“If the commitments actually happen, they’d signify a strange turn of events,” writes Washington Post columnist Catherine Rampell. “For years, a core U.S. objective was to get the Chinese economy to become more market-oriented and less centrally planned. Now, Trump has demanded that China commit to huge new centrally planned purchases of soybeans, pork and other American goods, regardless of what market demand requires.”
Todd Hultman, lead analyst at DTN, a news and analysis company that tracks agriculture, questions the math behind the U.S.-China deal. The agreement calls for “additional U.S. exports [of agricultural products] to China on top of 2017 baseline” of $12.5 billion in 2020 and $19.5 billion in 2021. (The 2017 baseline is $24 billion.) Hultman points out that in 2017 soybeans made up 51% of China’s purchases of U.S. agricultural products and doesn’t believe U.S. farmers can supply enough soybeans to make the math on the deal work based on recent prices. “As you may have guessed, the number is outrageous,” he writes.
The agreement allows China to purchase agricultural goods, including from other countries, “at market prices based on commercial considerations.” What does that mean? “On one hand, we have a trade agreement that appears to be so bullish it could severely distort the markets,” notes Hultman. “On the other hand, China may have agreed to nothing more than a decision to act in their own self-interest.”
In an interview, Hultman added, “I can’t say what China is feeling, but knowing that they were extremely reluctant to commit to a fixed number in negotiations – especially numbers as high as these that they have to suspect are market-distorting – I would say they must have gotten some confidence from negotiators and this wording that they won’t be forced to buy [for example] $20 soybeans, while Brazil sits on a big surplus.”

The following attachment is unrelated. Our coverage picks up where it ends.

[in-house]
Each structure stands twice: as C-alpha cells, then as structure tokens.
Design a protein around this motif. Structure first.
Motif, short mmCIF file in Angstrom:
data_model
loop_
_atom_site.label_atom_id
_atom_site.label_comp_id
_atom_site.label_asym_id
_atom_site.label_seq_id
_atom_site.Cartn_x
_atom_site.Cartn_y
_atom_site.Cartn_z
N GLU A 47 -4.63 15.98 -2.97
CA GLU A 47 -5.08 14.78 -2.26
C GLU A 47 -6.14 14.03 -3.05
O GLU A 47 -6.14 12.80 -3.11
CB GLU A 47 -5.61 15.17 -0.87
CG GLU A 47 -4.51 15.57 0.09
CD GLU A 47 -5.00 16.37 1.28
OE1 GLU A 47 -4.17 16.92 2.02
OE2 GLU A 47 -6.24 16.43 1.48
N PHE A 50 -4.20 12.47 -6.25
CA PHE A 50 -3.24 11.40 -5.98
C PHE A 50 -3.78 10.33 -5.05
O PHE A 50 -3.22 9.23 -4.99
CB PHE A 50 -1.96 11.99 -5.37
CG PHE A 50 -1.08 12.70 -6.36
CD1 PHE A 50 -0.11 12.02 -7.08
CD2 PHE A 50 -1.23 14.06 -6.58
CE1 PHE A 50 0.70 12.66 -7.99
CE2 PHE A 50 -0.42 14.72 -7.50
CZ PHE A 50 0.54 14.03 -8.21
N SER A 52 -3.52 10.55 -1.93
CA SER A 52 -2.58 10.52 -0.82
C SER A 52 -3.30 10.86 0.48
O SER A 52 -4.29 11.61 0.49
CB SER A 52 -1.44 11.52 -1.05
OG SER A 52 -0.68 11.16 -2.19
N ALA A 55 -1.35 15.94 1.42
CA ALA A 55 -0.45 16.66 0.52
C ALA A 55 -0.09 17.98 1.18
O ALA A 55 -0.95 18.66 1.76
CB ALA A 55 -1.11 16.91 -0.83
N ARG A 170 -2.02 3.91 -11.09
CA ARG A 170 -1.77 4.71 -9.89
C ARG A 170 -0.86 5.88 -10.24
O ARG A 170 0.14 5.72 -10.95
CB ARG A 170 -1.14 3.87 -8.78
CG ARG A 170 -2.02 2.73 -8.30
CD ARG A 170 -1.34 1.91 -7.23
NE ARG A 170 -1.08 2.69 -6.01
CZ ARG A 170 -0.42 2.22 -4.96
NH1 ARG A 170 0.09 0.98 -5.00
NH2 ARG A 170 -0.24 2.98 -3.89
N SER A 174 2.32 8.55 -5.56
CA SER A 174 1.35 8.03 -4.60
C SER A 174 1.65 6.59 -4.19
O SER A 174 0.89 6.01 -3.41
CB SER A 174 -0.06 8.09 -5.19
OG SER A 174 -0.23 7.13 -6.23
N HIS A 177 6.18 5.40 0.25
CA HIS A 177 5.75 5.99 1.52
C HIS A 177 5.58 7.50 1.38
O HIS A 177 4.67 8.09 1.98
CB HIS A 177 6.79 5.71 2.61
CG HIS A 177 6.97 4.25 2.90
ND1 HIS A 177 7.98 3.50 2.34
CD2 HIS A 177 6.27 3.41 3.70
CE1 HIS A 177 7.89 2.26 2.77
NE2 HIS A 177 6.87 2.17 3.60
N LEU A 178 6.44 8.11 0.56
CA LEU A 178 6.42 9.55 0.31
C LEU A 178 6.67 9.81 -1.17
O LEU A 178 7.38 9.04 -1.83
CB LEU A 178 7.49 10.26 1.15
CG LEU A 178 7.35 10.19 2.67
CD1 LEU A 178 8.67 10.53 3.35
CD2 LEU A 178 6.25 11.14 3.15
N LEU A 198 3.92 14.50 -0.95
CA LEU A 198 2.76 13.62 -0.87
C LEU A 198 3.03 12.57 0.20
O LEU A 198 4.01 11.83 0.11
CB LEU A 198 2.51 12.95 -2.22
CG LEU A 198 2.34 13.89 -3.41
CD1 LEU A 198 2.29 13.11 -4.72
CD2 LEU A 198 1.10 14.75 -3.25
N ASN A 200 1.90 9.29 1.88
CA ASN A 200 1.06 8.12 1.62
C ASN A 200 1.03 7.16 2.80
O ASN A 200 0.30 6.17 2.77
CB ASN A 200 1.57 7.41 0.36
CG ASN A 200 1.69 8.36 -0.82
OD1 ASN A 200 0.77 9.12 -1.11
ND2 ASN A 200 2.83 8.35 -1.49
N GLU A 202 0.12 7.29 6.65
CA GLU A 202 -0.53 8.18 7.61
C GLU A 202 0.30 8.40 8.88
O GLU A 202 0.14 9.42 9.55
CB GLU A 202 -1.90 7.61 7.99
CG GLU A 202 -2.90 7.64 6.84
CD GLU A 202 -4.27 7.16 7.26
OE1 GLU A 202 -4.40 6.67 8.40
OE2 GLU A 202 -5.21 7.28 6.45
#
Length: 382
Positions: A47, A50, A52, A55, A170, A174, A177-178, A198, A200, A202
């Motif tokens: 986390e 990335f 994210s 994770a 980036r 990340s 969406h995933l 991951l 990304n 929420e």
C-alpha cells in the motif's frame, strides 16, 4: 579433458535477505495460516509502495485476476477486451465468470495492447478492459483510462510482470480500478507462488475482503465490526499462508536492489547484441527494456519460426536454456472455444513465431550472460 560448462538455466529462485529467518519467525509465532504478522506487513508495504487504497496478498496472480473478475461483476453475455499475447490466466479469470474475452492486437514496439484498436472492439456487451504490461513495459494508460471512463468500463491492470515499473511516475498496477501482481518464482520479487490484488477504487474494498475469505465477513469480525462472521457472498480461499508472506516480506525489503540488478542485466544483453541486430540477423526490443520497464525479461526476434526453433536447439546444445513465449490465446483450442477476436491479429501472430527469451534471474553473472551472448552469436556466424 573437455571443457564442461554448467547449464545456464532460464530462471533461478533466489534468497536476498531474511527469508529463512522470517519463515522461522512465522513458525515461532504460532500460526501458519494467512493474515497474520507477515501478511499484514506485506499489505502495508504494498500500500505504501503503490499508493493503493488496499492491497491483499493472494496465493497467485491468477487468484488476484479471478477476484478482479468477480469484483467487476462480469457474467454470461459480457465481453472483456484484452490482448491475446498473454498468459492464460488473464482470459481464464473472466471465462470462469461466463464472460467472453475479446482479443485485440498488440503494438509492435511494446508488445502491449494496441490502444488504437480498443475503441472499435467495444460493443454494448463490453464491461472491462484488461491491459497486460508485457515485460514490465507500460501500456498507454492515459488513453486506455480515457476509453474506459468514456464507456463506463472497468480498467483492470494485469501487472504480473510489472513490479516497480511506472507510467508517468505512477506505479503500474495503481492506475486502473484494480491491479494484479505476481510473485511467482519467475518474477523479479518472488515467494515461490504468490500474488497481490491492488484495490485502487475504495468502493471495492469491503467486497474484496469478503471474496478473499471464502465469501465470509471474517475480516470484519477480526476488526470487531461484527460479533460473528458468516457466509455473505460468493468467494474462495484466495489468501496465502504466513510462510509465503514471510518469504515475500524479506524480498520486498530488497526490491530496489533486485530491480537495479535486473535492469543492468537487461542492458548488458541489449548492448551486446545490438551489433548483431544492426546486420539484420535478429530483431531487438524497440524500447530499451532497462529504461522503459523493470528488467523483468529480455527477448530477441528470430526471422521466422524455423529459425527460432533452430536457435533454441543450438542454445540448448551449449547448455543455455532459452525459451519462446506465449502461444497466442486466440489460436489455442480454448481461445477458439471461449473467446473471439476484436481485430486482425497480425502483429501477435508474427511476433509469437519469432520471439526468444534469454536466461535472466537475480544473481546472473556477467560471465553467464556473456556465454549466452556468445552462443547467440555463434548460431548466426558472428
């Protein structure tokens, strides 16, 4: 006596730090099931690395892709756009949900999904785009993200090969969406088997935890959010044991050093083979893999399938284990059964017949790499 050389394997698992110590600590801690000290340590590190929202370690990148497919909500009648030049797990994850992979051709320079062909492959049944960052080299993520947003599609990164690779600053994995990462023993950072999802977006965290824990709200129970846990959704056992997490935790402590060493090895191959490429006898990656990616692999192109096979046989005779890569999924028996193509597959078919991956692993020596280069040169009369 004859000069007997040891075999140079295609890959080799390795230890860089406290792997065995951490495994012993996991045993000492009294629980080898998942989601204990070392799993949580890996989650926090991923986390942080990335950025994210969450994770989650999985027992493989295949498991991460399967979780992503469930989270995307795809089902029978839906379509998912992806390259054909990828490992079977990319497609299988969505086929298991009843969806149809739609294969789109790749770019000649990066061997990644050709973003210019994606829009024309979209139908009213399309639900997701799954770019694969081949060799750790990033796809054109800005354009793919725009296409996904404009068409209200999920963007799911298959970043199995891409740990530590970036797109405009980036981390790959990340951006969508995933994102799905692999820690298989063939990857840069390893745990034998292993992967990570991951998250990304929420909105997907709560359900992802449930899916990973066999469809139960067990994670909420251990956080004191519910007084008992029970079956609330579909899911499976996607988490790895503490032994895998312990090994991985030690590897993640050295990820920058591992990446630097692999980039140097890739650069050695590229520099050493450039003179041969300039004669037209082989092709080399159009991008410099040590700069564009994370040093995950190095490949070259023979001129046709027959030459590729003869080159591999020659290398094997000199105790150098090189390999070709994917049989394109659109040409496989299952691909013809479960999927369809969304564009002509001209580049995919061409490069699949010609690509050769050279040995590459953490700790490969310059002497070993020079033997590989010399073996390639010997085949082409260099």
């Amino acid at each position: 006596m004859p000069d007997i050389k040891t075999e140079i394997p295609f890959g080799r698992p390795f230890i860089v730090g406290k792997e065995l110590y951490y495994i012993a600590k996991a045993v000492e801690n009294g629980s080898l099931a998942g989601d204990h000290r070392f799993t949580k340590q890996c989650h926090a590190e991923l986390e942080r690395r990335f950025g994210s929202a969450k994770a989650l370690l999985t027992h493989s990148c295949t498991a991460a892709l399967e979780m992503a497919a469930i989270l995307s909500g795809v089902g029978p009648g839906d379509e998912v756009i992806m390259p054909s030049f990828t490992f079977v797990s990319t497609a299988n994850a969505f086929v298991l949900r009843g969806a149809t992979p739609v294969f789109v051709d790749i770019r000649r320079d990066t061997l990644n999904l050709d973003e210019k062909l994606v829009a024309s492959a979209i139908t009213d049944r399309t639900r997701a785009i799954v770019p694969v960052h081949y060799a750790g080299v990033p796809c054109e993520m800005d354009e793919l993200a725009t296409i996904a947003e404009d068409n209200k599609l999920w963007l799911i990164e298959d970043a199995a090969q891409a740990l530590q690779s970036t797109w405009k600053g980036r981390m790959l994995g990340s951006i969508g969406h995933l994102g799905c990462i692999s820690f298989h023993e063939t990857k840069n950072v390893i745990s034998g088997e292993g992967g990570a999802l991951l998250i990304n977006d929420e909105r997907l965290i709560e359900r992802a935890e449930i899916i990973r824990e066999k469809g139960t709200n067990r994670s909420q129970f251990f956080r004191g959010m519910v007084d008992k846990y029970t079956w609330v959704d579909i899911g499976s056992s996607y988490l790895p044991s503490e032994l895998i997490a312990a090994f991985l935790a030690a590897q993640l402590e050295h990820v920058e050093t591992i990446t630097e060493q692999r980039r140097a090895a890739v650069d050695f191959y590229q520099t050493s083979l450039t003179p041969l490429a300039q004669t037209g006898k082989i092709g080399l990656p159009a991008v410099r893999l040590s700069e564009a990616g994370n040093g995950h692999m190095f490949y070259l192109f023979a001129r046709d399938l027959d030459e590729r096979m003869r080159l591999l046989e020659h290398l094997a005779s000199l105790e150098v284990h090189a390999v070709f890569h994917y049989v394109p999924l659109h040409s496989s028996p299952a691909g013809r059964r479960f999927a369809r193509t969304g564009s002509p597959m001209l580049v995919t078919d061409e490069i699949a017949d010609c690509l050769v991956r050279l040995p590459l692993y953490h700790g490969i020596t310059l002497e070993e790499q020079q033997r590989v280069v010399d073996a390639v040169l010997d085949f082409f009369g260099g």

Companies in other sectors, such as manufacturers and retailers, received no bailouts. Moreover, despite the U.S.-China deal, many tariffs were not removed and will continue to harm U.S. businesses and consumers. A National Foundation for American Policy analysis found the tariffs were on pace to eliminate potentially all of the economic benefits the Trump administration has claimed from its deregulation efforts.
We should also not forget the additional government (and deficit) spending represented by the $28 billion spent on farmers. “Since the two trade aid packages were undertaken using CCC’s [Commodity Credit Corporation’s] discretionary authority, no congressional budget offset was required, and administrative PAYGO [the pay as you go budget rule] was not raised,” according to the Congressional Research Service. “The corporation’s permanent, indefinite funding authority means that trade aid expenditures are reimbursed annually as a net realized loss, thus increasing total federal spending.”
In sum, to cover for its own trade policy mistake of raising tariffs the Trump administration paid farmers more than America spends each year to maintain its nuclear forces and many government agencies. Observers note this has not proven to be a good deal for farmers, manufacturers or U.S. taxpayers.